States have been working to develop longitudinal data systems to better gauge how students fare at all points on the educational pipeline. Rhetoric from the new administration about their importance, and stimulus money to help develop them, have only heightened the focus on such systems. A new report from the Data Quality Campaign finds that states are making progress (See my colleague Dakarai Aarons’ story.).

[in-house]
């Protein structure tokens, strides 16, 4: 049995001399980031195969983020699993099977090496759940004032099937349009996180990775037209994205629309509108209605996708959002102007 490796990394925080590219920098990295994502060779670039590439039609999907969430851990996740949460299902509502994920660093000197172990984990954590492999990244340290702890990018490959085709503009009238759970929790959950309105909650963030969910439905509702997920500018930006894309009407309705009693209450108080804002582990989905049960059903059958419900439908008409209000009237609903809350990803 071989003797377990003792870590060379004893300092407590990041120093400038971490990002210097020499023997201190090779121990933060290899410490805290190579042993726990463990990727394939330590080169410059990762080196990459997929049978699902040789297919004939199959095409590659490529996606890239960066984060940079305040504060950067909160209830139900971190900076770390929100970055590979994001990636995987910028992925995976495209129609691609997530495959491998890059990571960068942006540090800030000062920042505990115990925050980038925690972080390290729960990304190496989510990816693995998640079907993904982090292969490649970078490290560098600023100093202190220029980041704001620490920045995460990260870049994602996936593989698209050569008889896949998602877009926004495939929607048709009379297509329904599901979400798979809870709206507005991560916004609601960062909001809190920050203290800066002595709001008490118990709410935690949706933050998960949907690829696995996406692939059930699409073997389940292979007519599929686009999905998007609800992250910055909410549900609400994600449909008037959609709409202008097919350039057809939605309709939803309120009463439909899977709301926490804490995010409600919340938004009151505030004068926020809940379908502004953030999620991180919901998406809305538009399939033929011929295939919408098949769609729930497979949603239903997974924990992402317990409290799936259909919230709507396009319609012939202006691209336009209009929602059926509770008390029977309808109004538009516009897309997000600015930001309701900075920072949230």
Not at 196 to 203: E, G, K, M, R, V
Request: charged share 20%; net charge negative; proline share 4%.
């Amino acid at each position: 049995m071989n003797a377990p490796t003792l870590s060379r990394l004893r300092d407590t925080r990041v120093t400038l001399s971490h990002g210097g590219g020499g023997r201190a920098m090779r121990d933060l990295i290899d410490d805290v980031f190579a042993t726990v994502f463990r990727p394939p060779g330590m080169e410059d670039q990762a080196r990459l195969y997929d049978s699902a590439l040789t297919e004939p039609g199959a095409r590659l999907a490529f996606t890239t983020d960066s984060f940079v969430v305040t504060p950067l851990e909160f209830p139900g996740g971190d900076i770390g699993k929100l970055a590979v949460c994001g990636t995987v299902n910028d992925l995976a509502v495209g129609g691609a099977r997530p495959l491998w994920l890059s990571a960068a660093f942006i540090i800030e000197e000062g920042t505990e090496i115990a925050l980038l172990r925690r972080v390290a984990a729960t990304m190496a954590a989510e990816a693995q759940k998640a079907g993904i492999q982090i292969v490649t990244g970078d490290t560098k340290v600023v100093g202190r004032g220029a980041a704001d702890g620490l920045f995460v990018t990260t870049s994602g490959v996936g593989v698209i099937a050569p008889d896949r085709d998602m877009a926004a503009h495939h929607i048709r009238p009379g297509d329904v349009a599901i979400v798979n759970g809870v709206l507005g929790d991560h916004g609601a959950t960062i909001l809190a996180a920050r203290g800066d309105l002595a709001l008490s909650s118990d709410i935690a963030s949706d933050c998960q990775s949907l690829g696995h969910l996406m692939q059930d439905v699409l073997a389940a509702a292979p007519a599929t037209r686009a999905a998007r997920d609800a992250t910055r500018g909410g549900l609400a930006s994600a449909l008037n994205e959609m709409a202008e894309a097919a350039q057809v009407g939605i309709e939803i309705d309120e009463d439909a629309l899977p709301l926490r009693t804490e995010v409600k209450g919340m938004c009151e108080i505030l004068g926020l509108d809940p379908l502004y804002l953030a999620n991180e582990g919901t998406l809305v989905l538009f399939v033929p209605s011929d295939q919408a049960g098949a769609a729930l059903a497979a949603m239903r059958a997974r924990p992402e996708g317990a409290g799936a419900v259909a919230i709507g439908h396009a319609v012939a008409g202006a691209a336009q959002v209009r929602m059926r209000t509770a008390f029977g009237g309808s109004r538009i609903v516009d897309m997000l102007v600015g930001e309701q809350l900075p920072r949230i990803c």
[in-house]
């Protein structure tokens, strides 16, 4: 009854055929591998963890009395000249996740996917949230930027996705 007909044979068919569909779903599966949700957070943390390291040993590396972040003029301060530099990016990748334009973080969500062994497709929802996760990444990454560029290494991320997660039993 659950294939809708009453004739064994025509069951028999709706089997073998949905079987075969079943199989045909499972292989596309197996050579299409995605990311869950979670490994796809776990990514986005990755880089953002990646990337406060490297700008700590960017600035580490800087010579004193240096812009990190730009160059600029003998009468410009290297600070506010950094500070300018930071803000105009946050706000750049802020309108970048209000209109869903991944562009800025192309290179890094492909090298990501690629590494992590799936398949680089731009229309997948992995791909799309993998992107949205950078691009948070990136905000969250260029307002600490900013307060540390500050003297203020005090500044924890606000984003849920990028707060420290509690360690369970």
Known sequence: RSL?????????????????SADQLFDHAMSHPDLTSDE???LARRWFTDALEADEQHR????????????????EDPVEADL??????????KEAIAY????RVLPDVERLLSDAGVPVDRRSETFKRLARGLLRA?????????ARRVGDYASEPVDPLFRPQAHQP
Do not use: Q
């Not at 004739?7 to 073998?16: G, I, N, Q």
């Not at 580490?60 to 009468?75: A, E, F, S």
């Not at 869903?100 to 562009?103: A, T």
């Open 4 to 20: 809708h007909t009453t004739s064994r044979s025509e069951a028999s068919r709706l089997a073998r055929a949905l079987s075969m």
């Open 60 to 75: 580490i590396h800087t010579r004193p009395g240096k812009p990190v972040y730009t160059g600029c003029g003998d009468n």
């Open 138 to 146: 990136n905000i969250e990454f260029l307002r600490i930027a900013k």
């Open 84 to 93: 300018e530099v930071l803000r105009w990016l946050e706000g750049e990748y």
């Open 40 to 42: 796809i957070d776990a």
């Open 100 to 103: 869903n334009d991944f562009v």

But while states are getting better at tracking how students progress from year to year, and knowing how many high school freshmen get diplomas four years later, they are not quite as good yet at being able to track their K-12 students into college, the DQC report found. Many educators and policymakers view this ability as pivotal to getting an accurate view of how well schools prepare students for college.
A version of this news article first appeared in the High School Connections blog.